Guatemala has made tremendous strides in moving toward democracy and building strong institutions. Important advances in structural reforms include improvements in the investment climate, implementation of the Dominican Republic—Central America Free Trade Agreement (DR-CAFTA), financial sector reforms, and improvements in the legal and regulatory environment. Improvements have also been made with respect to transparency, especially in the area of public expenditure, through the introduction and expansion of the integrated financial management system.
However, despite a marked increase in public expenditures, Guatemala continues to lag behind its peers in terms of poverty incidence, inequality, and human development outcomes, especially in indigenous areas. Citizens and public officials are increasingly expressing concerns over rising crime and violence. A key constraint to public finance management is the very limited tax collections (11% of gross domestic product, GDP, in 2011); combined with a preference for low public debt, this means that the margin for increasing public expenditure is limited.
In the absence of political consensus on tax reforms to increase revenue collections, the World Bank worked with the Guatemalan Government to implement the Guatemala Public Expenditure Review (PER) to improve expenditure outcomes within a limited expenditure envelope. The PER analyzed options to improve the effectiveness and efficiency of public expenditure, especially in the social sectors. Using BOOST, the Bank team prepared a database of public expenditures (disaggregated at the municipal level) and linked the information to outcome data in the education and health sectors. This made it possible for the Guatemalan Ministry of Finance to analyze the efficiency of spending in these sectors and discern differences across municipalities. In light of the challenges related to citizen security, the team also analyzed in detail the data on security-related expenditures and assessed the related institutional challenges. An in-depth analysis of financial management and public procurement aspects was also conducted, using a detailed dataset of individual procurement transactions.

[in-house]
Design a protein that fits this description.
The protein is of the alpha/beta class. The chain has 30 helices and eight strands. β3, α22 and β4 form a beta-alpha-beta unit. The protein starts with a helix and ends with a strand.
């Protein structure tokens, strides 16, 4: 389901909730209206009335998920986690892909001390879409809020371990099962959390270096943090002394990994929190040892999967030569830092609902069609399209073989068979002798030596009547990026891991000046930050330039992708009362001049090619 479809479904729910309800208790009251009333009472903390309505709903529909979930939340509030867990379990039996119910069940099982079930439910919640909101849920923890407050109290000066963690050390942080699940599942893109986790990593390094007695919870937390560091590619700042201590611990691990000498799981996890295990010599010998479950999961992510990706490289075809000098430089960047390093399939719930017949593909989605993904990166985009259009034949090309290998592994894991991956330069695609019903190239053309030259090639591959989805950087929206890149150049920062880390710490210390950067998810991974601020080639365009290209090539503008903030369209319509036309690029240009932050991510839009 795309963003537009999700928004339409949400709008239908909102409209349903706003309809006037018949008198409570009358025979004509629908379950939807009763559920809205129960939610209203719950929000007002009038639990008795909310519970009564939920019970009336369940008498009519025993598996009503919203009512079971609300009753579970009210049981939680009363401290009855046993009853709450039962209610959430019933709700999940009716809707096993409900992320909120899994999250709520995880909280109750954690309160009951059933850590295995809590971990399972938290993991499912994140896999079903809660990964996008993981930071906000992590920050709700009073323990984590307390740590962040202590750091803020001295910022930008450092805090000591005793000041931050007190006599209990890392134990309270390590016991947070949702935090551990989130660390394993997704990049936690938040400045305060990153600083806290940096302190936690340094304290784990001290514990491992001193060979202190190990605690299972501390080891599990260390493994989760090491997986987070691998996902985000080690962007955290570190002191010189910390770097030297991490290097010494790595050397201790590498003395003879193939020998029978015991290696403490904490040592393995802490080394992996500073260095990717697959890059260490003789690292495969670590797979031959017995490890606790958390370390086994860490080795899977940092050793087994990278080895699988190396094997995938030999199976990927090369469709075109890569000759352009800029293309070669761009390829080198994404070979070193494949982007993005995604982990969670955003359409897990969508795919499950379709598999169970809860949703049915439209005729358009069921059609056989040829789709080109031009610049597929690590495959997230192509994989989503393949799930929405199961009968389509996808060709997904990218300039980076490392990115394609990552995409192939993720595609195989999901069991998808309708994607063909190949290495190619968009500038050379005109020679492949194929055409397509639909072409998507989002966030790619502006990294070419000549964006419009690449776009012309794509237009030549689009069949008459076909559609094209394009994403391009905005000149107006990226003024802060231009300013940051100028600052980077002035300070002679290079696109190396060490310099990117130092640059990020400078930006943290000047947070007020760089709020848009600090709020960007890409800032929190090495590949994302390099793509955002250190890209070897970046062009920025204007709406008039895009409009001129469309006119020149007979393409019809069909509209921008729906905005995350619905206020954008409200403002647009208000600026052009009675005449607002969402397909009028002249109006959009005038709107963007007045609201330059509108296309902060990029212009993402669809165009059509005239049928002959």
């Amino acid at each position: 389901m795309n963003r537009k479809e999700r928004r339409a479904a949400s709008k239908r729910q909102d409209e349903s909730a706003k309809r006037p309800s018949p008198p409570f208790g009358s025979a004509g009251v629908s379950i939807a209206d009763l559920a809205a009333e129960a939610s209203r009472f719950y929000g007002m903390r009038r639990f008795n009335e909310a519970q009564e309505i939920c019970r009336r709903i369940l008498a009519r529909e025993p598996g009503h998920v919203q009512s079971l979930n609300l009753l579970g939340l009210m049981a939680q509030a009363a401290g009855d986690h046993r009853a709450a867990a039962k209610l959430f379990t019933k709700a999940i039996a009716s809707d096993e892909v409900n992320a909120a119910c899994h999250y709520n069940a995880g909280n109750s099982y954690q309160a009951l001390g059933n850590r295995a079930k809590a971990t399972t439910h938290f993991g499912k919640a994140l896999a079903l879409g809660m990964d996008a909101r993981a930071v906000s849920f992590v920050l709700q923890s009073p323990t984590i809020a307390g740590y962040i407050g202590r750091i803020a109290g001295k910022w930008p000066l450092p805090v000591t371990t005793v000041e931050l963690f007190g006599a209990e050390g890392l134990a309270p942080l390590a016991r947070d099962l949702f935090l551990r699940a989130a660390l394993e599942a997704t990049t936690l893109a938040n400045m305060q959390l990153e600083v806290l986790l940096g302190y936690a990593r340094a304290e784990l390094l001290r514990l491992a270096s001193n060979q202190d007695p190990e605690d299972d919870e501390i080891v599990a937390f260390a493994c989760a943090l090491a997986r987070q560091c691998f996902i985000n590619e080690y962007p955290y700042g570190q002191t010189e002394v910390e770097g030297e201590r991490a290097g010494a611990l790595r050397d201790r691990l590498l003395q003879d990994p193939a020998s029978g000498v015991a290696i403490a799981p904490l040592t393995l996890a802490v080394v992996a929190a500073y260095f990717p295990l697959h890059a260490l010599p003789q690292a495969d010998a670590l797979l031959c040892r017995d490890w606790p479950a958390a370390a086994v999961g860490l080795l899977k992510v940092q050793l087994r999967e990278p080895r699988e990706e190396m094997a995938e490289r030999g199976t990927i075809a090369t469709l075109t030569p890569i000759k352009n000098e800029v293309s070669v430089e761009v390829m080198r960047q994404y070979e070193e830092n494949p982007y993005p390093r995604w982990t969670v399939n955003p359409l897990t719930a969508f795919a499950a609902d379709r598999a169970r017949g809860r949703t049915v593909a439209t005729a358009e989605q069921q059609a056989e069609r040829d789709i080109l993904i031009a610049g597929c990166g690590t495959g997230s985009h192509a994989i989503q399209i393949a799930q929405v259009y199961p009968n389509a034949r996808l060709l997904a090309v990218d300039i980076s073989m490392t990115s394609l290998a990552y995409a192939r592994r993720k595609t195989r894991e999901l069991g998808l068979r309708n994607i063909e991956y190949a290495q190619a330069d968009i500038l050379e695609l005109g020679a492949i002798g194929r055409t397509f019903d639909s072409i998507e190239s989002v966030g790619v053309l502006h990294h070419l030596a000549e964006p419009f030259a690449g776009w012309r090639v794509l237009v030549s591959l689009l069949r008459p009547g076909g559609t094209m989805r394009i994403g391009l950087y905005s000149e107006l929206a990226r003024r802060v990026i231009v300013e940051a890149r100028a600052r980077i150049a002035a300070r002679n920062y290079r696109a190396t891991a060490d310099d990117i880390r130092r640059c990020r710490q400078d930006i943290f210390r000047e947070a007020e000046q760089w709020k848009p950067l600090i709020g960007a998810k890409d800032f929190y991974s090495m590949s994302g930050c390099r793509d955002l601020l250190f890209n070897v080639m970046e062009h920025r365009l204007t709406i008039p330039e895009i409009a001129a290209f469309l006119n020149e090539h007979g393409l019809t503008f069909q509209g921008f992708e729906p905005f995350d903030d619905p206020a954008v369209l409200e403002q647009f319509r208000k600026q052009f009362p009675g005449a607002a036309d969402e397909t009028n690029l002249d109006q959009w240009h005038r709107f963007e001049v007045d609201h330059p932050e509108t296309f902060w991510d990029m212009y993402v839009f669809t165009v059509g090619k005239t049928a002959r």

As the PER was in its final stage of preparation, the Guatemalan Congress approved a historic tax reform, which was expected to increase tax collections by 1.3 percent of GDP. Even with this increase, the need for improvements in expenditure management continued to be very relevant. The dissemination of the report in 2013 showed that there was particularly strong interest in the BOOST database among Government agencies, as well as think tanks, private sector and civil society organizations.
Following the preparation of the PER, Guatemala was the first Latin American country to join the Open Budget Portal, which makes the Government’s entire BOOST database available to the public.
Bank Group Contribution
The Bank financed the entire PER. Total expenses amounted to US$342,323.
The Bank and the Guatemala Ministry of Finance collaborated in the preparation of the PER.
Building on the PER, the ongoing Bank-financed development policy loan (DPL) series supports a number of the recommendations presented in the report, including amendments to the Organic Budget Law making the use of the Public Financial Information System mandatory for all public entities and improving the monitoring and evaluation of trust funds. The Government and the Bank are also working on an update of the BOOST database to include the 2012 expenditure data. The Government is also interested in deepening the analysis of technical efficiency and extending it to other sectors, which is made possible by the BOOST database.
The main direct beneficiaries are policy makers in the Ministry of Finance, with the aim of improving the efficiency of public expenditures. Other beneficiaries include civil society organizations and researchers that use the BOOST database.